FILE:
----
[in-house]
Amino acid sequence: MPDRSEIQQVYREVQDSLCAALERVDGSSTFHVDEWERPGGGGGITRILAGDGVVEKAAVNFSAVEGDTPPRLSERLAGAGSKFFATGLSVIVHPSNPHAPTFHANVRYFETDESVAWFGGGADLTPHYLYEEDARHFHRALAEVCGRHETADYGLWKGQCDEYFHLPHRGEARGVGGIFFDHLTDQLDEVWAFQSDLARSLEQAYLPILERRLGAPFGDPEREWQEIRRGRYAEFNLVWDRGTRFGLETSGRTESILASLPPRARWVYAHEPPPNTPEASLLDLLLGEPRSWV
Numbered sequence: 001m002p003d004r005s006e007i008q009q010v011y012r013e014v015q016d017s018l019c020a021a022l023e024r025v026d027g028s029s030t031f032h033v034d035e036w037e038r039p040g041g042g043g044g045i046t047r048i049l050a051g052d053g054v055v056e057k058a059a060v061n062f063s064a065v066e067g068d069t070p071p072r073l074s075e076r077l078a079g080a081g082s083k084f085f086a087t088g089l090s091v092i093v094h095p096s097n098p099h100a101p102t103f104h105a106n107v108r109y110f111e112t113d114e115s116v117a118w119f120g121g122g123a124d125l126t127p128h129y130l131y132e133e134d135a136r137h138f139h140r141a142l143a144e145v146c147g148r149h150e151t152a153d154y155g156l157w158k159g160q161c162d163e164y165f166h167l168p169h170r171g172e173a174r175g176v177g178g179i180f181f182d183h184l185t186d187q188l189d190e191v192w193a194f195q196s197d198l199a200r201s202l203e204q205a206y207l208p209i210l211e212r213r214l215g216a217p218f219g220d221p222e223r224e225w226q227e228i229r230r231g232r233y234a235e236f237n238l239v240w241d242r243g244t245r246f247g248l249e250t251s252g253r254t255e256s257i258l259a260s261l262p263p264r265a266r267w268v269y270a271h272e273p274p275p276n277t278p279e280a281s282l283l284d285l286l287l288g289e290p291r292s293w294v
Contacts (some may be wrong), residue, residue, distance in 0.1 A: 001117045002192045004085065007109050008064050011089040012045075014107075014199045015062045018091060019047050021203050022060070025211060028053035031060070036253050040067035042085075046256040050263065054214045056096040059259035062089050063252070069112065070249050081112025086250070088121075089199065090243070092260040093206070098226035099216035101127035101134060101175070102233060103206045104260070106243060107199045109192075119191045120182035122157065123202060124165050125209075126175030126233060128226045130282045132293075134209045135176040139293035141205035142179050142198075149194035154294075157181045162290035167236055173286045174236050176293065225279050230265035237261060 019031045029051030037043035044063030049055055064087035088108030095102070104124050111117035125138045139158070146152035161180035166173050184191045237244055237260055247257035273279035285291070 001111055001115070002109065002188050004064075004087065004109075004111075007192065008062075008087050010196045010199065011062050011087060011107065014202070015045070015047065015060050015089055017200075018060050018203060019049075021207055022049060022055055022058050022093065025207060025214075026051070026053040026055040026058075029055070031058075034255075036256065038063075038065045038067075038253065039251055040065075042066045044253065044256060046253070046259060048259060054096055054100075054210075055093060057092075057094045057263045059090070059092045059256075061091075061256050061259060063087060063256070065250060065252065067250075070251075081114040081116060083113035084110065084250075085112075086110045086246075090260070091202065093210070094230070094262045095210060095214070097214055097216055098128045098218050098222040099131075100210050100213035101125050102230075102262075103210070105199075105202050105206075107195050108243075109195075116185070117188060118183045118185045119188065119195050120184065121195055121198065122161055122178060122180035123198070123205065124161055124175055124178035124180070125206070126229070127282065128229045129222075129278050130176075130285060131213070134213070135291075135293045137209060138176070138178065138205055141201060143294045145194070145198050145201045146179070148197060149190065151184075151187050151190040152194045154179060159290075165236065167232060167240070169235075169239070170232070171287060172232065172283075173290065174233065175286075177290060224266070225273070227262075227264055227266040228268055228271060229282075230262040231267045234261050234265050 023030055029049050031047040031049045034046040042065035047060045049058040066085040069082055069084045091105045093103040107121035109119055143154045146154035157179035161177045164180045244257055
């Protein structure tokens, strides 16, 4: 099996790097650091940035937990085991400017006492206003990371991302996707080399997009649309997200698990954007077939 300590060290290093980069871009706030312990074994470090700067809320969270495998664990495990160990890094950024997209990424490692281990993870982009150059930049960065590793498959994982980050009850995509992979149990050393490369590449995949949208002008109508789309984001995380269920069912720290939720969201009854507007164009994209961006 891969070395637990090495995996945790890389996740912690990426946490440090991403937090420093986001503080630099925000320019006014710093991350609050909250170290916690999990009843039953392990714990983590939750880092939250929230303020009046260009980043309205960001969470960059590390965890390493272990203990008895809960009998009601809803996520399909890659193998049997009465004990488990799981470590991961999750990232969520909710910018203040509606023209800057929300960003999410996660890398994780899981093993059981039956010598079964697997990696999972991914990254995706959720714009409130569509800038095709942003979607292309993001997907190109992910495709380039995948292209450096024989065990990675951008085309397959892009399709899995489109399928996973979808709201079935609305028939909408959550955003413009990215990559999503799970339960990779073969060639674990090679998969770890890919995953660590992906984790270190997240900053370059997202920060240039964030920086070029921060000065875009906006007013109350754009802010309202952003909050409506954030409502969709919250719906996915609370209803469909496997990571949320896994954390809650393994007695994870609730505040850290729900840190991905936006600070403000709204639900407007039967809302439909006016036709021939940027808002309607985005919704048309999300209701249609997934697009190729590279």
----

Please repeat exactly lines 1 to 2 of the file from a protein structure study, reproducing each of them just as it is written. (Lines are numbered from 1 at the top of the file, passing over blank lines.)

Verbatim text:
[in-house]
Amino acid sequence: MPDRSEIQQVYREVQDSLCAALERVDGSSTFHVDEWERPGGGGGITRILAGDGVVEKAAVNFSAVEGDTPPRLSERLAGAGSKFFATGLSVIVHPSNPHAPTFHANVRYFETDESVAWFGGGADLTPHYLYEEDARHFHRALAEVCGRHETADYGLWKGQCDEYFHLPHRGEARGVGGIFFDHLTDQLDEVWAFQSDLARSLEQAYLPILERRLGAPFGDPEREWQEIRRGRYAEFNLVWDRGTRFGLETSGRTESILASLPPRARWVYAHEPPPNTPEASLLDLLLGEPRSWV